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List of average monthly household bills

Whether you own or rent your home, you will need to pay utility bills and council tax, unless they are included in your rent. This page lists average household monthly bills and explains more about them.

Household utility bills

Unless household bills are included as part of your rent, you will have to pay gas, electricity and telephone bills. These bills are usually sent out every quarter (every three months) but you can usually arrange to pay bills monthly. It may work out cheaper if you pay online or by direct debit.

If you share a flat or house, you will need to split the bills with your house mates. This can cause problems. However, the Pastures New property website has some good ideas of ways to do this amicably. Bear in mind that even if only one person's name is on the gas and/or electricity bills, you are all jointly and individually liable for paying them. This means the supplier can chase up any of you for the money if the bill isn't paid.

To save money on your bills, you may wish to move to another supplier. Websites such as Save on your bills and uSwitch allow you to compare the prices of different companies and switch suppliers online. The Consumer Focus website has more information on changing suppliers.

If you're receiving benefits, you may be eligible for BT Basic, a cheaper phone tariff from BT. 

Council tax

You will also have to pay council tax. You will get a bill once a year, but can arrange to pay it monthly if you prefer. You will get a 25% discount if you live alone, and you don't have to pay council tax if everyone living in your home is a student. If you are on benefits or a low income, you can apply for a council tax reduction.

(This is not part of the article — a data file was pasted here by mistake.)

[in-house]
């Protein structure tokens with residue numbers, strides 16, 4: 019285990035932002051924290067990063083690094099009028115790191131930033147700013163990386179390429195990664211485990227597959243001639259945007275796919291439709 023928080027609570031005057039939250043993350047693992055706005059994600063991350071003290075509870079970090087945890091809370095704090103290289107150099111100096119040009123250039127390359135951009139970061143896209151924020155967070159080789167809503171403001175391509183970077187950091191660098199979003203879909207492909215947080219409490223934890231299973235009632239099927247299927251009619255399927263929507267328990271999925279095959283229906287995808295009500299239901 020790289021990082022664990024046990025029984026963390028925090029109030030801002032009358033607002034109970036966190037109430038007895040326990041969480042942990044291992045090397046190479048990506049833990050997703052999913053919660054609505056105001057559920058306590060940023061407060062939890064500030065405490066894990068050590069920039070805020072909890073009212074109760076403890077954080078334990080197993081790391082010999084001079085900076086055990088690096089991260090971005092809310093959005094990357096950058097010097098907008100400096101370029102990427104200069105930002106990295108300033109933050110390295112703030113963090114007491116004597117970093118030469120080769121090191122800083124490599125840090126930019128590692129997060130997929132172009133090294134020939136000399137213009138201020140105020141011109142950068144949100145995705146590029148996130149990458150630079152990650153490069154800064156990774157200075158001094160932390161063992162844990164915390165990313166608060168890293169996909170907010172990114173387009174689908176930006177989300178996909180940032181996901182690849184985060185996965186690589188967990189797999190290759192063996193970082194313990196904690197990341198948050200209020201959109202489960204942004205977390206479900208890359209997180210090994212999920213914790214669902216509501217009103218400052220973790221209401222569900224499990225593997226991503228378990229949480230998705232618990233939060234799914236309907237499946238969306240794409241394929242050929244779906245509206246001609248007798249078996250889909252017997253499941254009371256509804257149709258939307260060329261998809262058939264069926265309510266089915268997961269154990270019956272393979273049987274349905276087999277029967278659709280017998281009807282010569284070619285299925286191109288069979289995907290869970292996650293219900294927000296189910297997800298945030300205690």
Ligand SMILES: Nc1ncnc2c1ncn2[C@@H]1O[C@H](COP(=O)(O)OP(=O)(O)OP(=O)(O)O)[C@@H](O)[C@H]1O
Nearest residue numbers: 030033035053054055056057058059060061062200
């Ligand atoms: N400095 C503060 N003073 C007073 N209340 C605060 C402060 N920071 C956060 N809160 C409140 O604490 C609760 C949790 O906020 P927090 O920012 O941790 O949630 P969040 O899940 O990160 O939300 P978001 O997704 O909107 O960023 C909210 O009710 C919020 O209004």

If you live with other people, everyone in the home will be jointly and individually liable for paying the council tax. This means that if one person can't or won't pay their share, the other housemates will have to pay it for them, unless they are exempt.

TV Licence

If you have your own television set (or any other device used to receive or record television programmes, such as a video recorder, set-top box or a PC with a broadcast card), you'll need a licence. You will still need your own licence even if you live in a student hall of residence or bedsit. Find out more at the TV licensing website.

Find out more

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The important points

  • If you share your accommodation even if only one person's name is on the bills, you are all responsible so the supplier can chase up any of you to pay the bill.
  • If you're on benefits you may be eligible for BT Basic, a cheaper phone tariff from BT.
  • Living with other people means you are jointly and individually liable for council tax, so if one person can't or won't pay, the other housemates will need to pay it for them unless they are exempt.
  • You can get a 25% discount on your council tax bill if you live alone, and if everyone living in your home is a full-time student you won't have to pay council tax.

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